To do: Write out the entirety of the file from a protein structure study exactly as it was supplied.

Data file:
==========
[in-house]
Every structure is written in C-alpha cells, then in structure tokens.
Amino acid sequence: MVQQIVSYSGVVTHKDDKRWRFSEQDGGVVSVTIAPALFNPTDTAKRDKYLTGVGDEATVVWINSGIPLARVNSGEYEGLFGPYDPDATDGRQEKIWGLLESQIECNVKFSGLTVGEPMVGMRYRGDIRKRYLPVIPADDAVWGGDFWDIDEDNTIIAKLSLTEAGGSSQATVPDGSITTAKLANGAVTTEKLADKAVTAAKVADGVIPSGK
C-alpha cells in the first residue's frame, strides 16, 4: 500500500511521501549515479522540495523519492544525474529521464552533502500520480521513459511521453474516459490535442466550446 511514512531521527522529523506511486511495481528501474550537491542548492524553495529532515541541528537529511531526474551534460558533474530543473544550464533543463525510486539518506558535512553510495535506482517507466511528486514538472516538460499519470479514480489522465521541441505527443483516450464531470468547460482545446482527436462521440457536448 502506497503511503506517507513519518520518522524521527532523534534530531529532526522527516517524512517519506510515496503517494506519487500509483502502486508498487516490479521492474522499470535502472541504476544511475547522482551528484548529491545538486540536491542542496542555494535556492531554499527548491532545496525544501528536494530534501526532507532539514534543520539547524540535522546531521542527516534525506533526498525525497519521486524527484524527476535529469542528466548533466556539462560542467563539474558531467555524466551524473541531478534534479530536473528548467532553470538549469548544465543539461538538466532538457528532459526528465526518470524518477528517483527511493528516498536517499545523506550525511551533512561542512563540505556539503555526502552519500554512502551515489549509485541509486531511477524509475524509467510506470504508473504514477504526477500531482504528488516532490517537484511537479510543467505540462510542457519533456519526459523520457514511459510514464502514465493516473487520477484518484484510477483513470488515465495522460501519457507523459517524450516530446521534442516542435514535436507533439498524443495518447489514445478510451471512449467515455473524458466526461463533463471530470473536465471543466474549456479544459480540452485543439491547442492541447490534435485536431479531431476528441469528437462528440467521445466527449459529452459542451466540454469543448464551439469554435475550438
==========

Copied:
[in-house]
Every structure is written in C-alpha cells, then in structure tokens.
Amino acid sequence: MVQQIVSYSGVVTHKDDKRWRFSEQDGGVVSVTIAPALFNPTDTAKRDKYLTGVGDEATVVWINSGIPLARVNSGEYEGLFGPYDPDATDGRQEKIWGLLESQIECNVKFSGLTVGEPMVGMRYRGDIRKRYLPVIPADDAVWGGDFWDIDEDNTIIAKLSLTEAGGSSQATVPDGSITTAKLANGAVTTEKLADKAVTAAKVADGVIPSGK
C-alpha cells in the first residue's frame, strides 16, 4: 500500500511521501549515479522540495523519492544525474529521464552533502500520480521513459511521453474516459490535442466550446 511514512531521527522529523506511486511495481528501474550537491542548492524553495529532515541541528537529511531526474551534460558533474530543473544550464533543463525510486539518506558535512553510495535506482517507466511528486514538472516538460499519470479514480489522465521541441505527443483516450464531470468547460482545446482527436462521440457536448 502506497503511503506517507513519518520518522524521527532523534534530531529532526522527516517524512517519506510515496503517494506519487500509483502502486508498487516490479521492474522499470535502472541504476544511475547522482551528484548529491545538486540536491542542496542555494535556492531554499527548491532545496525544501528536494530534501526532507532539514534543520539547524540535522546531521542527516534525506533526498525525497519521486524527484524527476535529469542528466548533466556539462560542467563539474558531467555524466551524473541531478534534479530536473528548467532553470538549469548544465543539461538538466532538457528532459526528465526518470524518477528517483527511493528516498536517499545523506550525511551533512561542512563540505556539503555526502552519500554512502551515489549509485541509486531511477524509475524509467510506470504508473504514477504526477500531482504528488516532490517537484511537479510543467505540462510542457519533456519526459523520457514511459510514464502514465493516473487520477484518484484510477483513470488515465495522460501519457507523459517524450516530446521534442516542435514535436507533439498524443495518447489514445478510451471512449467515455473524458466526461463533463471530470473536465471543466474549456479544459480540452485543439491547442492541447490534435485536431479531431476528441469528437462528440467521445466527449459529452459542451466540454469543448464551439469554435475550438